SMSFs can act as an effective vehicle for the transfer of wealth across generations if the estate planning aspect of these funds is properly put in place, according to a wealth management accountant.
HLB Mann Judd head of wealth management Michael Hutton said this can be achieved when an SMSF is comprised of family members such as parents and two children.
“Such SMSFs can be a good tool to facilitate intergenerational wealth transfer tax effectively,” Hutton said.
“To achieve this, parents who do not need all of their superannuation can take a pension out of the SMSF and gift it to children, who can then, within contribution limits, recontribute it into the fund in their own name.
“Such planning can help in a number of situations, such as allowing a family business property to remain in a family SMSF even after the death of a key member of the fund.”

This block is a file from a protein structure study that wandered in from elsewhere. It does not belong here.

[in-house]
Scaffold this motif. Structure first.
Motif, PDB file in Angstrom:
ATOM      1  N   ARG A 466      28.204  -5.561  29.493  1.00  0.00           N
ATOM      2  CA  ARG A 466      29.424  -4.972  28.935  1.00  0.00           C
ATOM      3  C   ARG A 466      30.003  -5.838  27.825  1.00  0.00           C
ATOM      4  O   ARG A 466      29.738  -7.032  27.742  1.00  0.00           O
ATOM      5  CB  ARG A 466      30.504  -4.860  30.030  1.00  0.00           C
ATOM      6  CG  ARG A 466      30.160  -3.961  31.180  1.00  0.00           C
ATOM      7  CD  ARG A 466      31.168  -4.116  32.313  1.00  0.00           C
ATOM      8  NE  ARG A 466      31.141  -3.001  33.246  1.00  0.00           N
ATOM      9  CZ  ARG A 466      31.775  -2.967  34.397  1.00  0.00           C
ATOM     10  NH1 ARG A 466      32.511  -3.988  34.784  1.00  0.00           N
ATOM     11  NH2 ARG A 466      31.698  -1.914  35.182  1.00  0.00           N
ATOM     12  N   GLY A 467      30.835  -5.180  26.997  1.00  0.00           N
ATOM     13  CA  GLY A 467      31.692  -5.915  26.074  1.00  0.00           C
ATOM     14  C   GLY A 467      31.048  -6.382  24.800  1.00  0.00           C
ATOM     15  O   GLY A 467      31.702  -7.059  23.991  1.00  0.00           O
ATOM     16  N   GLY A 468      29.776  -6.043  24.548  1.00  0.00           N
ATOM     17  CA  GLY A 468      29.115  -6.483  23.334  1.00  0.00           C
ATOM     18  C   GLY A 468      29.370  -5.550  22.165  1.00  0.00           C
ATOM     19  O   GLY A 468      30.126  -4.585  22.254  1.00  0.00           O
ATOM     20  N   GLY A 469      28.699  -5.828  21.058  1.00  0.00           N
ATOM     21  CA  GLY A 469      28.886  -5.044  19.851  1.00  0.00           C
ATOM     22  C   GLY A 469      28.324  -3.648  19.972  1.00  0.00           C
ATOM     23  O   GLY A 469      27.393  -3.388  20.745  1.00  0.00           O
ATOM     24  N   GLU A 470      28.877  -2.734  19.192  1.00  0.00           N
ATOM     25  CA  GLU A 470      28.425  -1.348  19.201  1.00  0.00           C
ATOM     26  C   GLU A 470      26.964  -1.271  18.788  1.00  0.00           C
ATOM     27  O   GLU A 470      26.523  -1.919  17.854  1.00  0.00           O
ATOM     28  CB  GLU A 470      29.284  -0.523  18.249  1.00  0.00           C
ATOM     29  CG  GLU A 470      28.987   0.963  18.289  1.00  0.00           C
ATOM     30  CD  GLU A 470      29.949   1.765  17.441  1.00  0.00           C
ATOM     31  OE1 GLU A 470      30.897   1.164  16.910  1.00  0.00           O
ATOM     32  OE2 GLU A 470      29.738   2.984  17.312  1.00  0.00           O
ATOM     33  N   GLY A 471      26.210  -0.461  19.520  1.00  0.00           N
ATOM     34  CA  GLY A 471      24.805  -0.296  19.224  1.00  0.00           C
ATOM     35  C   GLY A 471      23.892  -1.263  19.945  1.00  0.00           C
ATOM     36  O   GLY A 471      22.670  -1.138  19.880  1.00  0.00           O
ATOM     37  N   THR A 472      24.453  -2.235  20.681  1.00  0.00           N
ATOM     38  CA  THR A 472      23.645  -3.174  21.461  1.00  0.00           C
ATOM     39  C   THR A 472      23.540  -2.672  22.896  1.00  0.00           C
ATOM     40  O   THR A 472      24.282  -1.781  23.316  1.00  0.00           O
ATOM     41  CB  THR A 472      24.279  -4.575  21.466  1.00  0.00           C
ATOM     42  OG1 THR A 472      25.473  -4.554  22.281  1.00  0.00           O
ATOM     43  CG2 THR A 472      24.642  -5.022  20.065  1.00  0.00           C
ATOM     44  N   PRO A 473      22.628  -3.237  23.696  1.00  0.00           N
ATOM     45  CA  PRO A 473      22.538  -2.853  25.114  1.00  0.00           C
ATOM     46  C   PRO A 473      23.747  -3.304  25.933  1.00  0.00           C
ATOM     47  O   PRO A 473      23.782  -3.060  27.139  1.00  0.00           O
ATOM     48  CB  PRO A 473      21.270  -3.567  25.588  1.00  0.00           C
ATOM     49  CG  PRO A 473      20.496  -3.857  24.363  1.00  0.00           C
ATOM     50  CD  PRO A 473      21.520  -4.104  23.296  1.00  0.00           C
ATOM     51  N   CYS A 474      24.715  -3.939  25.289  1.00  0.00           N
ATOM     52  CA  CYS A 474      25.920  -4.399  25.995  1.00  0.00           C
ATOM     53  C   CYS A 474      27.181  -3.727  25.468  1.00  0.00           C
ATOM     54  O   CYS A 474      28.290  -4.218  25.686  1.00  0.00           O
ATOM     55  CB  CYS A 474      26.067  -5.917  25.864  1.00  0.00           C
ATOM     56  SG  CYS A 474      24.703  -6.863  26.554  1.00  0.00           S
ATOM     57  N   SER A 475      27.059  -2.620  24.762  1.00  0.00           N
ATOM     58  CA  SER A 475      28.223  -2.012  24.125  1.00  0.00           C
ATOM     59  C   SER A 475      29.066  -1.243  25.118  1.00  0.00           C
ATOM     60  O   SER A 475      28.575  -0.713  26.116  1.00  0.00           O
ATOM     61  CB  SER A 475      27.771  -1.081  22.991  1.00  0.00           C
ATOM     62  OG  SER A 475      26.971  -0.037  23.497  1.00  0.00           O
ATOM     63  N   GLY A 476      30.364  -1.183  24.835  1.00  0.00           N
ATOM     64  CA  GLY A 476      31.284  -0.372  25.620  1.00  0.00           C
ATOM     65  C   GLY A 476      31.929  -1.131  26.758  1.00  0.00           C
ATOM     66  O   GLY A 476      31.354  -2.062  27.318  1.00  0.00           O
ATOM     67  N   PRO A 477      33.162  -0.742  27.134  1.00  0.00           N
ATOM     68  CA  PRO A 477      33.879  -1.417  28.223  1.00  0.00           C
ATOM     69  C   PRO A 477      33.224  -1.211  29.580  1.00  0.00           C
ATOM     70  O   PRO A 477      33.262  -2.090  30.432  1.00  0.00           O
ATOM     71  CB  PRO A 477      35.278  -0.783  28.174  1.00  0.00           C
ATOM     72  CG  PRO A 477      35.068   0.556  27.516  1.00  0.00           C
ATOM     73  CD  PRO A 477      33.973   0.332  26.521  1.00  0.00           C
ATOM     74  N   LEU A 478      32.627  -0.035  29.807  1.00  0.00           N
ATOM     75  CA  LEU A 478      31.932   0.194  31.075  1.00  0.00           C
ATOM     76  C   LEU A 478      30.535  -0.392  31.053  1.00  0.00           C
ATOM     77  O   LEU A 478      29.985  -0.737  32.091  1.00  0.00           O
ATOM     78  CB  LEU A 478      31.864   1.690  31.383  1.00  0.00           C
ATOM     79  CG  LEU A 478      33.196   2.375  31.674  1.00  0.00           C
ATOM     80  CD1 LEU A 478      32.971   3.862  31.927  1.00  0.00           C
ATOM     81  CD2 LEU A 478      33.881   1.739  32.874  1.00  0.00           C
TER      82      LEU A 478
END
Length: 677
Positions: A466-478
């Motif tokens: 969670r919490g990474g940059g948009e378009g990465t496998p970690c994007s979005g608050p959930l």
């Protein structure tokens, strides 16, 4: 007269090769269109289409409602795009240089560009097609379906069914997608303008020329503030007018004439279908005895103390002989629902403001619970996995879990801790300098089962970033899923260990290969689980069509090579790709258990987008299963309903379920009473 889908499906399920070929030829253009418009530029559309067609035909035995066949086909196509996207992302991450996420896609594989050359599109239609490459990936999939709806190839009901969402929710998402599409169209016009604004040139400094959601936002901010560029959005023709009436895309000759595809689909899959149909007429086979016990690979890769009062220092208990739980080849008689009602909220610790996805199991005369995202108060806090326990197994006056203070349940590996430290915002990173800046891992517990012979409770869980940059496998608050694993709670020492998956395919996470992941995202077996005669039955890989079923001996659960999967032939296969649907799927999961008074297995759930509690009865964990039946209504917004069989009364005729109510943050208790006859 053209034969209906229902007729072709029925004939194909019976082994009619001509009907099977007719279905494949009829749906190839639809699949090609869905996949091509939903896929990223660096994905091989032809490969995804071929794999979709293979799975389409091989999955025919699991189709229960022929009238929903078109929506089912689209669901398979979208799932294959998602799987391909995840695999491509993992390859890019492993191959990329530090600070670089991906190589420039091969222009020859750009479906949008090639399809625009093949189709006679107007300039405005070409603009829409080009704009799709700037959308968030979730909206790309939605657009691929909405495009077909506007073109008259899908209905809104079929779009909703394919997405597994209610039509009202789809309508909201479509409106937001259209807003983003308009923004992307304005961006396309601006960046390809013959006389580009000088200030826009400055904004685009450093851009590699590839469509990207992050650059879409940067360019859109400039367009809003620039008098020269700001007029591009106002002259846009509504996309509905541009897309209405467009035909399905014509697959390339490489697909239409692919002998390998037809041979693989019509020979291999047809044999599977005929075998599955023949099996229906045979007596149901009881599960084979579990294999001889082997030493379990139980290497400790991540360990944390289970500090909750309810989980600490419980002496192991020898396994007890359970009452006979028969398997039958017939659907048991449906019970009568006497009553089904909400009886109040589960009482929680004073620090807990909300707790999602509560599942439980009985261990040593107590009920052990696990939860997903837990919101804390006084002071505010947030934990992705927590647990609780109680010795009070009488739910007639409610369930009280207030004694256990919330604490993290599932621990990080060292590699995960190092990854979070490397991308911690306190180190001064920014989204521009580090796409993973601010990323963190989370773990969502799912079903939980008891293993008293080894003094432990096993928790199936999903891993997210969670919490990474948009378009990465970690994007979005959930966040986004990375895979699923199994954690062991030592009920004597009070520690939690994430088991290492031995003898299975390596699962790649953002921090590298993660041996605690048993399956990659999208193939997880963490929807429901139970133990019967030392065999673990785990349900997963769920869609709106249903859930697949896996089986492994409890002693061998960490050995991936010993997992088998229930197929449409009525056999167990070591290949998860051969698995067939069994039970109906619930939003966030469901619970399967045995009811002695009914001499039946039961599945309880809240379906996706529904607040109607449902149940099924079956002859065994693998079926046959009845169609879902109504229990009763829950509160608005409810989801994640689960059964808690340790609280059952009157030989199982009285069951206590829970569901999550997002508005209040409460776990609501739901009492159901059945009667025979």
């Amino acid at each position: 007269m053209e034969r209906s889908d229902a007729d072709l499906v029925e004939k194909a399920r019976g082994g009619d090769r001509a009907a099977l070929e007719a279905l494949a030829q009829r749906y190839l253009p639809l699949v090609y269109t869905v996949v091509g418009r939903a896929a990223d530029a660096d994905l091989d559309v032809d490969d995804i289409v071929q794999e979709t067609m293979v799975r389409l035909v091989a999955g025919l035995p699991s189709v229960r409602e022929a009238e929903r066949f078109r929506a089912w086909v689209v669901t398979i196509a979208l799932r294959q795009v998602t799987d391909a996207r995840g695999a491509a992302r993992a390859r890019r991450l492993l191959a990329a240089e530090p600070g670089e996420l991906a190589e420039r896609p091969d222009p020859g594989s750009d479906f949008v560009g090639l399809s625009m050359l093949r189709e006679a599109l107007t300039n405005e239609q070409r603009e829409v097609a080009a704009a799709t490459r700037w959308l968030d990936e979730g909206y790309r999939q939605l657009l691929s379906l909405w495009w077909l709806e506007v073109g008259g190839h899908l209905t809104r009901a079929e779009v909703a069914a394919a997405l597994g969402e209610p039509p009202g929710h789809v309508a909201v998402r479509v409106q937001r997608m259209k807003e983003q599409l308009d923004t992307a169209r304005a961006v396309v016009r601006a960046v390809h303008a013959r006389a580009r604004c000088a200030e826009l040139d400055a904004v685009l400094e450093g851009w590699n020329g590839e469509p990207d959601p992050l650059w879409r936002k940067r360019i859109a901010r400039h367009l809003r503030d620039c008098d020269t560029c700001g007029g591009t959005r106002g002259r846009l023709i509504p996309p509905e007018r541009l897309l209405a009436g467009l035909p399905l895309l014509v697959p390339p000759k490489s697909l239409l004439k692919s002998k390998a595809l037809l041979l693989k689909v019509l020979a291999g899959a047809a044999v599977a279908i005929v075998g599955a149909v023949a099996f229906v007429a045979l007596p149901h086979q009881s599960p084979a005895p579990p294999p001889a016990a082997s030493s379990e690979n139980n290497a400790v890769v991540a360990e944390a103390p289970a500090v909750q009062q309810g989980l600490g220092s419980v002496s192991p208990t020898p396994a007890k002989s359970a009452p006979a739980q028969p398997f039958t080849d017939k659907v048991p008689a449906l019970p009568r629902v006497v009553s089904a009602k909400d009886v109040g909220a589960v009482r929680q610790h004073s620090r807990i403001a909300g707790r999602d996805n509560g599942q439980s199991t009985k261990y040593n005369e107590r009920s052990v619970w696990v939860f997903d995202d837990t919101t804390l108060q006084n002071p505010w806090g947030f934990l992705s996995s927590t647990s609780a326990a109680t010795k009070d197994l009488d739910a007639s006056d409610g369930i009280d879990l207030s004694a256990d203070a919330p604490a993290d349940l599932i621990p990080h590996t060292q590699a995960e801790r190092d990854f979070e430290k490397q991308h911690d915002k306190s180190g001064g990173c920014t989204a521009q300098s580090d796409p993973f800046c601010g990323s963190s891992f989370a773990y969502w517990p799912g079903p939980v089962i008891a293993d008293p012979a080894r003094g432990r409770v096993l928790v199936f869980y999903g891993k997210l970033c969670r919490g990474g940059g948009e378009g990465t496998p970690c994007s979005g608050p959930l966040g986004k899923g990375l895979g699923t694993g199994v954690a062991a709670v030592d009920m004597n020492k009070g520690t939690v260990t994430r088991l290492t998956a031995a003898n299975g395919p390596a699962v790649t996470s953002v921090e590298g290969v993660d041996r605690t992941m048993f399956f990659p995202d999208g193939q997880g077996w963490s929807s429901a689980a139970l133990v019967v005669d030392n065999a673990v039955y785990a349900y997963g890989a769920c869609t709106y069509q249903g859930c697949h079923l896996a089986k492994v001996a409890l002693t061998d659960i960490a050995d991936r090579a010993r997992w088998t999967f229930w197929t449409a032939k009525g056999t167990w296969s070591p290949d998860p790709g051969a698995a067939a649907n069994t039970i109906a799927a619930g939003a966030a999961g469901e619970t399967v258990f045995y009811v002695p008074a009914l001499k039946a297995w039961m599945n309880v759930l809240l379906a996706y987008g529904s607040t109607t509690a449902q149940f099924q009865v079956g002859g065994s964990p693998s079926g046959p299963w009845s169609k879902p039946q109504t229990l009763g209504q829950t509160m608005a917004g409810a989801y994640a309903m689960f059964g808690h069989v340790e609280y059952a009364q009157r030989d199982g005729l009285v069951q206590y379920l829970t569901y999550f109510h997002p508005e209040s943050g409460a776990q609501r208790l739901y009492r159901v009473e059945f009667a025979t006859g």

He warned trustees no advantageous SMSF estate planning strategies could be established if individuals relied only on their general will upon their death.
“Anyone leaving a large superannuation balance cannot rely solely on a will to ensure their intentions are carried out,” he said.
“To allow them to implement the best strategy they must understand the tax implications of balances paid out to non-dependants, amend the SMSF trust deed if necessary and have a death benefit nomination, as well as a will.
“Unlike other assets, superannuation is held in trust and is not owned directly by the member of the fund.
“Consequently it usually falls outside the scope of a will.”
It was important for SMSF members to get a better understanding of the superannuation estate planning rules to ensure their benefits were distributed as per their wishes upon death, he said.